In Letter to Riley, GOP Lawmakers Seek Details of Testing Plan
Congressional Republicans let Secretary of Education Richard W. Riley know last week that they have no intention of being left out of the loop when it comes to the Clinton administration's proposals for new national tests.
President Clinton's plan for voluntary national tests in 4th grade reading and 8th grade mathematics constitutes "a major change in federal education policy," said a March 5 letter to Mr. Riley from four prominent House lawmakers, including Rep. Bill Goodling, R-Pa., the chairman of the Education and the Workforce Committee, and Rep. John Porter, R-Ill., who heads the appropriations subcommittee that oversees education.
But the congressmen complained that, apart from "a few brief mentions," they had yet to receive "any official guidance on the administration's plans" on testing. Congress needs more information to give the plan the scrutiny it deserves, they said. "In our view," they wrote, "proposals like this must be backed by a consensus on the Hill and in the country if they are to achieve success when implemented."
The letter also asked Mr. Riley under what legal authority the administration thinks it can proceed without input from Congress. Attached to the letter was a list of 27 more questions that the legislators had about the testing plan. The chairmen of two education subcommittees, Reps. Peter Hoekstra, R-Mich., and Frank Riggs, R-Calif, also signed the letter.
President Clinton announced the testing plan in his State of the Union Address before a joint session of Congress last month. The unprecedented math and reading tests would first be given in 1999 and provide scores to measure the progress of individual students. ("Clinton Gives Top Billing to Education Plan," Feb. 12, 1997.) and ("Political Shift Emboldens Clinton To Urge Tests," Feb. 19, 1997.)
Until last week's missive from the GOP lawmakers, Department of Education officials were moving ahead with the testing plan as though they needed no affirmation from Capitol Hill. For example, they said last week that they expected to issue a request for proposals for the testing contracts as early as next month and begin awarding them in September. The initiative has a first-year budget of $7 million.
A spokesman for Mr. Riley said the secretary would try to respond to all the questions by the Republicans' March 19 deadline.
Rick Miller, Mr. Riley's press secretary, also said that the administration had held several briefings on the testing issue for members of Congress since the State of the Union speech.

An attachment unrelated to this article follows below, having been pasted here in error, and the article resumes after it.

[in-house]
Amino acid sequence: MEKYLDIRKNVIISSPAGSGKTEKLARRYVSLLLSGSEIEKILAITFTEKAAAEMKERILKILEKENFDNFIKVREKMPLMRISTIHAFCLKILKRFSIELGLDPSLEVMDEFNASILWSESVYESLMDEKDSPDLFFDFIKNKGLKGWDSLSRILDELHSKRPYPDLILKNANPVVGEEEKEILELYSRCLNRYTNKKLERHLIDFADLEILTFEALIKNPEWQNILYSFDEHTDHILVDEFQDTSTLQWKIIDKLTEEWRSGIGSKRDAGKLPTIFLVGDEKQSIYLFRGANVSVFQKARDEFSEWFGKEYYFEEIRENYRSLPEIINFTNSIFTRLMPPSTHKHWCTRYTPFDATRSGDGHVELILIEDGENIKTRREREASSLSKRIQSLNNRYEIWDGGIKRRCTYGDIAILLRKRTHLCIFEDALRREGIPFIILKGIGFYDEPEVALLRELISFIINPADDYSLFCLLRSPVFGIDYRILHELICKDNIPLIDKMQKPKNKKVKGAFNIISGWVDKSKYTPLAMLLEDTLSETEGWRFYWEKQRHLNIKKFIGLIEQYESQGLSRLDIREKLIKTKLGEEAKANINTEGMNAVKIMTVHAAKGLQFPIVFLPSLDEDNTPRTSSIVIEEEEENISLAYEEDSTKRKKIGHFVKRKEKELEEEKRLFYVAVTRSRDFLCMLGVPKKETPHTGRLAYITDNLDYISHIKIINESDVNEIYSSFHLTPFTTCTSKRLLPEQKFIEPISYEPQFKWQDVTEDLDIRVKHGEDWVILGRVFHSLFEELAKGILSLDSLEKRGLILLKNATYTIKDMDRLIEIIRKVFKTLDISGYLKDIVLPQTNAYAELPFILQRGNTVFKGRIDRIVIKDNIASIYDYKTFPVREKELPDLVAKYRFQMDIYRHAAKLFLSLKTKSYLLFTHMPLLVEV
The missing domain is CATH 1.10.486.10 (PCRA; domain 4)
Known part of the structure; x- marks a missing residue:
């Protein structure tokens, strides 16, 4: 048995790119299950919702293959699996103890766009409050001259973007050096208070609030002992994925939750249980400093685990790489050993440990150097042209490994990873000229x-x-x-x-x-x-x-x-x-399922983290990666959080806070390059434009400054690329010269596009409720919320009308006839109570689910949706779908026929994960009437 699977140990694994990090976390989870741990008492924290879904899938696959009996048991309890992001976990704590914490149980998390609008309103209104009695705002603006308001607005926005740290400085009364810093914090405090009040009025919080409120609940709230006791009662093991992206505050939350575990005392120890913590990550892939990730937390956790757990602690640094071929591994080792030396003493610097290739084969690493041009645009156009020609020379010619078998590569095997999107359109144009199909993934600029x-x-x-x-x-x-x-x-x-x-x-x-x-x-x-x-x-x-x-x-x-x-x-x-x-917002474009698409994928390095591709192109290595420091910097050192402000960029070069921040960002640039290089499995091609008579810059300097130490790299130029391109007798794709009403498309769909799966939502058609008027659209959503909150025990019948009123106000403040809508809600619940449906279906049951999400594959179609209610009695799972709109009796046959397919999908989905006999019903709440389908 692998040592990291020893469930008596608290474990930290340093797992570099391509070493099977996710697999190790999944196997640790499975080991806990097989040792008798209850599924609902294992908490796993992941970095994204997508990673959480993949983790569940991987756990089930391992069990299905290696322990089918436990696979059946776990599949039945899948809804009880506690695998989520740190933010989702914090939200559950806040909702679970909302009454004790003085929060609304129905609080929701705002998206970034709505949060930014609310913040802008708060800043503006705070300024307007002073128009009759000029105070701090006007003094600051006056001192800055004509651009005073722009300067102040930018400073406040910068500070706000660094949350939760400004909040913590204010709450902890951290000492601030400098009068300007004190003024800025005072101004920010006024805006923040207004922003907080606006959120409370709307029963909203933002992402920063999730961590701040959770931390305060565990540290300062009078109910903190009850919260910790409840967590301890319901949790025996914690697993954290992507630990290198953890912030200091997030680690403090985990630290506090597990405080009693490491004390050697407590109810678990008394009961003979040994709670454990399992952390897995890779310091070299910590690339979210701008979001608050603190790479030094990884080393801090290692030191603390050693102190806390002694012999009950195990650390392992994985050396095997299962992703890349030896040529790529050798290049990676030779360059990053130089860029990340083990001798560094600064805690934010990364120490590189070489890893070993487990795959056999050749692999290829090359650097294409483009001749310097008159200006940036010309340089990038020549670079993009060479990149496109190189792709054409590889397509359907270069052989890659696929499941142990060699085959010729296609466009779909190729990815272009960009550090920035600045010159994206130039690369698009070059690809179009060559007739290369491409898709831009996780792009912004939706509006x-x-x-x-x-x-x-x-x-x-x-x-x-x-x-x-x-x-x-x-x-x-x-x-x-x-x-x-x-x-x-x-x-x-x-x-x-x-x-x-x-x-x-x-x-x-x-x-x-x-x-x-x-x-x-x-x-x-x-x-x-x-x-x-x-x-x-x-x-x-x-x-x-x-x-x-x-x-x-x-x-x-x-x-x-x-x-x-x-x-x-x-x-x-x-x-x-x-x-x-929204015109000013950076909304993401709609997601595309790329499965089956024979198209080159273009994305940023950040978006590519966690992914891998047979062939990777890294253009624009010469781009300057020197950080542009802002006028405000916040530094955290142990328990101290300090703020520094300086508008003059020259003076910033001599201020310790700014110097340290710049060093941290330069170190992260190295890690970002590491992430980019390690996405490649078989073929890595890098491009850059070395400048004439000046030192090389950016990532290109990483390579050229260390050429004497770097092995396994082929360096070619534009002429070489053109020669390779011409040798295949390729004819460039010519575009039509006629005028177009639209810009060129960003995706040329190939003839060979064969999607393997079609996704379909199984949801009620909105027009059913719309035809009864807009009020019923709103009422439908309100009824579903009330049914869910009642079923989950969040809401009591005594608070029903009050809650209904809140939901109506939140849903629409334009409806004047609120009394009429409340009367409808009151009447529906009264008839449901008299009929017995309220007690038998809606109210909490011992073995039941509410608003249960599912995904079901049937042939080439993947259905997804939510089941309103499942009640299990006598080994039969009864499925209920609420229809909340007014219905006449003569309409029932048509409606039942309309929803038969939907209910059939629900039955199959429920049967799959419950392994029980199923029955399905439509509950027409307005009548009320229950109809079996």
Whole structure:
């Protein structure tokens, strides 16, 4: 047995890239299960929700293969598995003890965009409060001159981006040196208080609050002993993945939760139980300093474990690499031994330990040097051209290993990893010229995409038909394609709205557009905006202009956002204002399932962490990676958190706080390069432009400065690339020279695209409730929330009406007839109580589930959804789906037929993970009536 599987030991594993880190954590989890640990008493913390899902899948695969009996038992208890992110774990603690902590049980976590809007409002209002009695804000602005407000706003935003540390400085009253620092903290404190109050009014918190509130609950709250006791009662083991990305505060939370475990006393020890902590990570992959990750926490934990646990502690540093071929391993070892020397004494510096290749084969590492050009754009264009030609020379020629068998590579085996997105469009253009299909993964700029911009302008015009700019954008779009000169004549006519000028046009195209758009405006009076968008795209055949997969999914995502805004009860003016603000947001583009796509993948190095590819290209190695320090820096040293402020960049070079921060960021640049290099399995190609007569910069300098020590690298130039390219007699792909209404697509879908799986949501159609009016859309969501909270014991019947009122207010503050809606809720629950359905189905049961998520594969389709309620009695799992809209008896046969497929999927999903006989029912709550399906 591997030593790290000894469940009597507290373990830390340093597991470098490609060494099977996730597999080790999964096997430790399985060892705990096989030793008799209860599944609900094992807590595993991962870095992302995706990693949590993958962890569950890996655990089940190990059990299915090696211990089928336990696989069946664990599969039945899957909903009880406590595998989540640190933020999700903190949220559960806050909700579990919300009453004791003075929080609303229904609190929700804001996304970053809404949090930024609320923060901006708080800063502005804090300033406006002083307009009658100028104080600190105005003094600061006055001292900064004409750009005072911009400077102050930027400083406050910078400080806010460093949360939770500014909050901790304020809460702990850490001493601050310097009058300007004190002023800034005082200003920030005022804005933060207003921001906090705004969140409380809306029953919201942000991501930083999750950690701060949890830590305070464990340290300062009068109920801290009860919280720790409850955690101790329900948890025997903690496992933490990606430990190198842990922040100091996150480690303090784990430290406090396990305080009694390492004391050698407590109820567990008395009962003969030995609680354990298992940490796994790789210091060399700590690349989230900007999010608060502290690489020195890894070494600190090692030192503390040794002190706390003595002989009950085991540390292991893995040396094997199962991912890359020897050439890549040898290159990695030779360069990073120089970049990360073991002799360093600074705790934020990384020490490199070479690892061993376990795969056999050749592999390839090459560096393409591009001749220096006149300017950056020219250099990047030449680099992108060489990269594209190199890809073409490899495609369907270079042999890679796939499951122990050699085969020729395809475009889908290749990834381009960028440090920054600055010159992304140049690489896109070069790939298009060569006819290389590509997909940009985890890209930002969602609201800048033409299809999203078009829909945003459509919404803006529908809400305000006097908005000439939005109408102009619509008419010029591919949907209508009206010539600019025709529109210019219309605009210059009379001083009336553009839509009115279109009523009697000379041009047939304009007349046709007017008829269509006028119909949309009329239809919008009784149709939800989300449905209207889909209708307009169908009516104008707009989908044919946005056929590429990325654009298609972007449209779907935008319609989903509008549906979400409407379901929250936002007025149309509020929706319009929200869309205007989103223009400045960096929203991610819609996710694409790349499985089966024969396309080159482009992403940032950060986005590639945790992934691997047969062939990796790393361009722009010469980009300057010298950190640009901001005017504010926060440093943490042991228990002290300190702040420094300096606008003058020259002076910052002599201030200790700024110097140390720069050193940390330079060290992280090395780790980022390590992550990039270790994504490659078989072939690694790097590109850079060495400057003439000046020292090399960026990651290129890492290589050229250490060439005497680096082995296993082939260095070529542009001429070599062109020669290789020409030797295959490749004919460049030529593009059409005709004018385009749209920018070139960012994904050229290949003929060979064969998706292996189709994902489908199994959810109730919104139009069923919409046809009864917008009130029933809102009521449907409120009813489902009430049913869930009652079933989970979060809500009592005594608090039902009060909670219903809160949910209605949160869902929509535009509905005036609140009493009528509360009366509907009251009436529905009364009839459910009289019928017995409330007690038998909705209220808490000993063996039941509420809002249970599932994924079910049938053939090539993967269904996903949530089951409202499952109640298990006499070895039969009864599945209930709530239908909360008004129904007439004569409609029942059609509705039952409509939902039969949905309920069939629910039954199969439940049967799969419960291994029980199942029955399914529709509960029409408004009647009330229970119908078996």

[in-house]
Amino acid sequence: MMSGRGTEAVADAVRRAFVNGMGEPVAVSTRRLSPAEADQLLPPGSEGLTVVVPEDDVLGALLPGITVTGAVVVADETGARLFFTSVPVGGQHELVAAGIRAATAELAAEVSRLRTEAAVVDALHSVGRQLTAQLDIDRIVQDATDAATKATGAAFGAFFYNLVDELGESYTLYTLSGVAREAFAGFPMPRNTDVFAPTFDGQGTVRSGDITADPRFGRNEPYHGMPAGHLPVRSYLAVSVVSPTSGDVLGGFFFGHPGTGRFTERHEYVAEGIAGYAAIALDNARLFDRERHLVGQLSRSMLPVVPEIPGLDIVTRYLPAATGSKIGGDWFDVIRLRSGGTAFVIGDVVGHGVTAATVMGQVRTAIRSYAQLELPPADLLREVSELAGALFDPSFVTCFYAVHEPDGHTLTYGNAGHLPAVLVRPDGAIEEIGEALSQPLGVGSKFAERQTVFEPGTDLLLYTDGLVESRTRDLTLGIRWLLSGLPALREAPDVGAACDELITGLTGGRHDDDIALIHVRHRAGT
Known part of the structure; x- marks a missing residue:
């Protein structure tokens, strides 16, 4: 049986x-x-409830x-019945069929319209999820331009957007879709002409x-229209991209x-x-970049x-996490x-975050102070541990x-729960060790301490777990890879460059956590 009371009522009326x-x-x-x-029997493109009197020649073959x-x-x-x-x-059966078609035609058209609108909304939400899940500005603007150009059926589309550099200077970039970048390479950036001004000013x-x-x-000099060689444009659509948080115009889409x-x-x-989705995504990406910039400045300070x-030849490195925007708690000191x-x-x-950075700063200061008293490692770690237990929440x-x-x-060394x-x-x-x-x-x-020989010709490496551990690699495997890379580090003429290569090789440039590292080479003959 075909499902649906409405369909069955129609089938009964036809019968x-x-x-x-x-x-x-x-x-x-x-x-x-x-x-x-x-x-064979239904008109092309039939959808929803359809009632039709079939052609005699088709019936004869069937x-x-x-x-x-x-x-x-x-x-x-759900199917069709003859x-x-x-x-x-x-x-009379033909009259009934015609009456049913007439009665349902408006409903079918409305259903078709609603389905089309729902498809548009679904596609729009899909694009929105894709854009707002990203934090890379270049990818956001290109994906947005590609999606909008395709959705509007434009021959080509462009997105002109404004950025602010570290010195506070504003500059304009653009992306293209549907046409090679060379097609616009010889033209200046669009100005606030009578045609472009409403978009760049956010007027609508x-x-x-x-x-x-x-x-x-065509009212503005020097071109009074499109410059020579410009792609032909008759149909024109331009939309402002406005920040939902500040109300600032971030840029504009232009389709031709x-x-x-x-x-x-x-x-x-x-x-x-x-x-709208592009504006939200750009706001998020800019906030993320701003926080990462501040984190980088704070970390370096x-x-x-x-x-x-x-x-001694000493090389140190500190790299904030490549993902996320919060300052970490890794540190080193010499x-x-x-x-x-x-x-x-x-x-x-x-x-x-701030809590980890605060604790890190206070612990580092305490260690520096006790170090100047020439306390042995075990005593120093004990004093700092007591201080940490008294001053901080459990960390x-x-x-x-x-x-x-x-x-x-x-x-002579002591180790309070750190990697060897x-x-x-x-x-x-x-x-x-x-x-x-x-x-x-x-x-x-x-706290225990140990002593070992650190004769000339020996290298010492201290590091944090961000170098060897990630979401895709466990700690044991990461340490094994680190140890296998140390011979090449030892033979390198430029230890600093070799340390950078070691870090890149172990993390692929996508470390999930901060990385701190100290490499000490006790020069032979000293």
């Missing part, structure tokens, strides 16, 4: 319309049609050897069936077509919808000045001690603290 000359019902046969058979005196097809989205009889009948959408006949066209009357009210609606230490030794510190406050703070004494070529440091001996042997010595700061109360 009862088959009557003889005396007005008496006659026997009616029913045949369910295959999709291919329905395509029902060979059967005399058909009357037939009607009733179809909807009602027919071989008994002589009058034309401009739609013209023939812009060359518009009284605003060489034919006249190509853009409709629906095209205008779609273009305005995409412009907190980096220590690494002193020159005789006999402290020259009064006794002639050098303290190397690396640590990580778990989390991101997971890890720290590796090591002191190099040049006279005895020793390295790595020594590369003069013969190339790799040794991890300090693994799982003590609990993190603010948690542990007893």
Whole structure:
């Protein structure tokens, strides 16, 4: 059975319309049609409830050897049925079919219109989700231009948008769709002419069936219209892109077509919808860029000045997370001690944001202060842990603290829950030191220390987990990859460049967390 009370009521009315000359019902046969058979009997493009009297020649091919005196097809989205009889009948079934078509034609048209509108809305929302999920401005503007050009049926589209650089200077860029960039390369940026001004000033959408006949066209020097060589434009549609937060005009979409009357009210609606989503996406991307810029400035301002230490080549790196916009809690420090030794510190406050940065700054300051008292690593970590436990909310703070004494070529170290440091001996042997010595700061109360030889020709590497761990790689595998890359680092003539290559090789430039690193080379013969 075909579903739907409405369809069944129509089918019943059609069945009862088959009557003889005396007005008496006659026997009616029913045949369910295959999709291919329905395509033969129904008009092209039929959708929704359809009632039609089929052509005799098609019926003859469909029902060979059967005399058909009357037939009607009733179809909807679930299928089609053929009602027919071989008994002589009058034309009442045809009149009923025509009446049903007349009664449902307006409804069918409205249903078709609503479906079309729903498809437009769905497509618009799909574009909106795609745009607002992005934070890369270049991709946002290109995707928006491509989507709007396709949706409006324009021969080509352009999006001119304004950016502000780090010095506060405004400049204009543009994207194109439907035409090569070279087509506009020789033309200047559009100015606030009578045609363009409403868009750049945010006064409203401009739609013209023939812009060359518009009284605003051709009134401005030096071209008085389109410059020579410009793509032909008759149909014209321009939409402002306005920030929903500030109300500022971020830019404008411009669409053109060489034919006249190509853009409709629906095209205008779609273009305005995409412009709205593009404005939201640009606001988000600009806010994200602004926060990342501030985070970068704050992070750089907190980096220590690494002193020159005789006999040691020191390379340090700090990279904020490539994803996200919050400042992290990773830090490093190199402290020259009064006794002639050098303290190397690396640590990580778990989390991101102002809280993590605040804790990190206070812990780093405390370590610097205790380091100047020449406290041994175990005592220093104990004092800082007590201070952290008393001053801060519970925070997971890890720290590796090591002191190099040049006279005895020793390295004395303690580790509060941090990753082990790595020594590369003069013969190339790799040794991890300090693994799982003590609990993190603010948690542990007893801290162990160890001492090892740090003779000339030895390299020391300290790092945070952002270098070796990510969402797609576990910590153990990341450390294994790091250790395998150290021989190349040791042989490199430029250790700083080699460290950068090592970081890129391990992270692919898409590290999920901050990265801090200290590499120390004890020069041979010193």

Moreover, Mr. Miller maintained, the Education Department has determined it has the legal authority to pursue national testing under the office of educational research and improvement's fund for the improvement of education.
Outside the Beltway, meanwhile, it looked as though Mr. Clinton was gaining support from GOP quarters. On the occasion of a speech by the president to the Michigan legislature last week, Republican Gov. John Engler announced that his state would be the second, after Maryland, to use the proposed national tests.
NAEP Model for Math
In another development, administration officials have decided that the new national 8th grade math test would be based on the National Assessment of Educational Progress and not on an international exam of math and science, as previously proposed.
The news came as the Education Department held public hearings here to offer details on the tests and elicit comment and ideas.
As recently as late last month, department officials had said that they were planning to base the 8th grade math test on the framework of the math exam given in 41 countries as part of the Third International Mathematics and Science Study.
After a private meeting Feb. 19 with experts on testing and on math and reading, administration officials were persuaded to change their minds, said Gary Phillips, who is heading the national testing initiative for OERI.
The experts argued, and the department later agreed, that NAEP was a preferable framework for the test because it takes into account widely accepted math standards and because it is based on a U.S. consensus about math rather than agreement among different countries, Mr. Phillips said.